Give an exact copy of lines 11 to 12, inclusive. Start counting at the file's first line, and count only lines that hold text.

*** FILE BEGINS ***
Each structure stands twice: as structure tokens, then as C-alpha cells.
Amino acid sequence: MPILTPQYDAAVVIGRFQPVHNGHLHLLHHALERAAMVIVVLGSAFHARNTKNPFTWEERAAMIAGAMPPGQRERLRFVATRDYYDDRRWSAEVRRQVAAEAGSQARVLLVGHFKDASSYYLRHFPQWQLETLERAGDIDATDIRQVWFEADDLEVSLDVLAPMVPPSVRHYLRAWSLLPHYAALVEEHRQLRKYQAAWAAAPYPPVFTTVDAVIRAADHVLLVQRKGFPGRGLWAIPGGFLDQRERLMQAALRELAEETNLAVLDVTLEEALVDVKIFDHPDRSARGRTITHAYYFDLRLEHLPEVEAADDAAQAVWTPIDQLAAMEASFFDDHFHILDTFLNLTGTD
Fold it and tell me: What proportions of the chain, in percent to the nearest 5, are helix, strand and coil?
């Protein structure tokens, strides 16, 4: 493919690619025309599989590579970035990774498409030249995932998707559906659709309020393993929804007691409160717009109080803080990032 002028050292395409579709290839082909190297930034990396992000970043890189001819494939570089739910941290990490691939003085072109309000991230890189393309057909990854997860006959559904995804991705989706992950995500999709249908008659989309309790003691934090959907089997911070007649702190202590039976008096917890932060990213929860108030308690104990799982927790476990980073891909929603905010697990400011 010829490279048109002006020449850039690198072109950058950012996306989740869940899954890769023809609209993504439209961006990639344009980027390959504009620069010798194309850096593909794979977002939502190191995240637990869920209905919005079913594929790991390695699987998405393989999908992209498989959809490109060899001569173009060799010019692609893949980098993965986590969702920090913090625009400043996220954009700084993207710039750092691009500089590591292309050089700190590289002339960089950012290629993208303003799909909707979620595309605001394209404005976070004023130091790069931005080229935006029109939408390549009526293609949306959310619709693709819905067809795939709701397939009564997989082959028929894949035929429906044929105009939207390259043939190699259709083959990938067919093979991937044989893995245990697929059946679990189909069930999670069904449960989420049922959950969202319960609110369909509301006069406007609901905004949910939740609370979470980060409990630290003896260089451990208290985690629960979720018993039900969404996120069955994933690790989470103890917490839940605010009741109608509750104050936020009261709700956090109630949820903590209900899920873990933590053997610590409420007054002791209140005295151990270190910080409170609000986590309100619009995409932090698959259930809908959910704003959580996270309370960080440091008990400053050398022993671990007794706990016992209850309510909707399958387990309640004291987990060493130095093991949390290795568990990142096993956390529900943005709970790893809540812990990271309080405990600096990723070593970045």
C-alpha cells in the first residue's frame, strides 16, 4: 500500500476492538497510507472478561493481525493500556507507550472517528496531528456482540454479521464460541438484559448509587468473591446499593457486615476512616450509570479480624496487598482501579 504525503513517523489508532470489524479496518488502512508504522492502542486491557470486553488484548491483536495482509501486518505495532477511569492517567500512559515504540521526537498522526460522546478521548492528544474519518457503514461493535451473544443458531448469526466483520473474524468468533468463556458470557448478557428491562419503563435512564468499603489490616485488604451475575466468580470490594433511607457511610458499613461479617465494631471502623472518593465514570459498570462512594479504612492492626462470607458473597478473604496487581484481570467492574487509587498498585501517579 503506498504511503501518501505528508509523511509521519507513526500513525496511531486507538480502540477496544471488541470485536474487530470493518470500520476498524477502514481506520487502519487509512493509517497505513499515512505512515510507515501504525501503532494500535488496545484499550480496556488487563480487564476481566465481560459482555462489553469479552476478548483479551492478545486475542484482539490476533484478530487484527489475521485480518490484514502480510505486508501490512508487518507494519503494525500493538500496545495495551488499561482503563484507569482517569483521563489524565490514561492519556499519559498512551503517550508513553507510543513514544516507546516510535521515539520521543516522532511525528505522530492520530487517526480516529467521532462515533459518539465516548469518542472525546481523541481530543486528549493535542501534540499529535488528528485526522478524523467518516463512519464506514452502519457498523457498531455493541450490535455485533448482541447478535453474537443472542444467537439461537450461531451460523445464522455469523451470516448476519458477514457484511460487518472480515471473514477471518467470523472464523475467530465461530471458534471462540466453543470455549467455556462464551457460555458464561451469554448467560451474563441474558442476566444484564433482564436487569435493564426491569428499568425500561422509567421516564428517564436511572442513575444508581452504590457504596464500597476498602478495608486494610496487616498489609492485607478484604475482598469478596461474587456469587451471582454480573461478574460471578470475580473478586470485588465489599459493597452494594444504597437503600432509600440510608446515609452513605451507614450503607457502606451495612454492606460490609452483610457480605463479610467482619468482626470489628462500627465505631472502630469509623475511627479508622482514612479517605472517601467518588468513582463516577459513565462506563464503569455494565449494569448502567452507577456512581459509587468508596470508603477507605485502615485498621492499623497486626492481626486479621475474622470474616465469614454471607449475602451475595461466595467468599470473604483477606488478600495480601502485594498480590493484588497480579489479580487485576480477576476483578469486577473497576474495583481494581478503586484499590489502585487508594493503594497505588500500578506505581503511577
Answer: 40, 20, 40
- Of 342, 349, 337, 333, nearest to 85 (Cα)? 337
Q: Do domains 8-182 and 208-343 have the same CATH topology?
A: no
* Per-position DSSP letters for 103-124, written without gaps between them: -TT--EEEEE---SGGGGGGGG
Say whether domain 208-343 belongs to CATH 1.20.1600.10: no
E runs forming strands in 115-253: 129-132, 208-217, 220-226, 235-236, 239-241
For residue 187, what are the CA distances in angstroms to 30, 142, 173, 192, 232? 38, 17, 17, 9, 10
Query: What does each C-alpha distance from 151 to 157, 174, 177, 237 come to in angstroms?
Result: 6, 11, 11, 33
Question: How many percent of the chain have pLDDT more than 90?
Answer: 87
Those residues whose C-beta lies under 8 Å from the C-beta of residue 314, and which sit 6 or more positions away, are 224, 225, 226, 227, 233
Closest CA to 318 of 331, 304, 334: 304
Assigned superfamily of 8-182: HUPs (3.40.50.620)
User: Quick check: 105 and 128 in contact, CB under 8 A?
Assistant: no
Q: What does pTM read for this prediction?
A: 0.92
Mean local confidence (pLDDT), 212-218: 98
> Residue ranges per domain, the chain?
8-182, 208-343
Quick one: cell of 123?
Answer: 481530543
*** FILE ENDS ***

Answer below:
Say whether domain 208-343 belongs to CATH 1.20.1600.10: no
E runs forming strands in 115-253: 129-132, 208-217, 220-226, 235-236, 239-241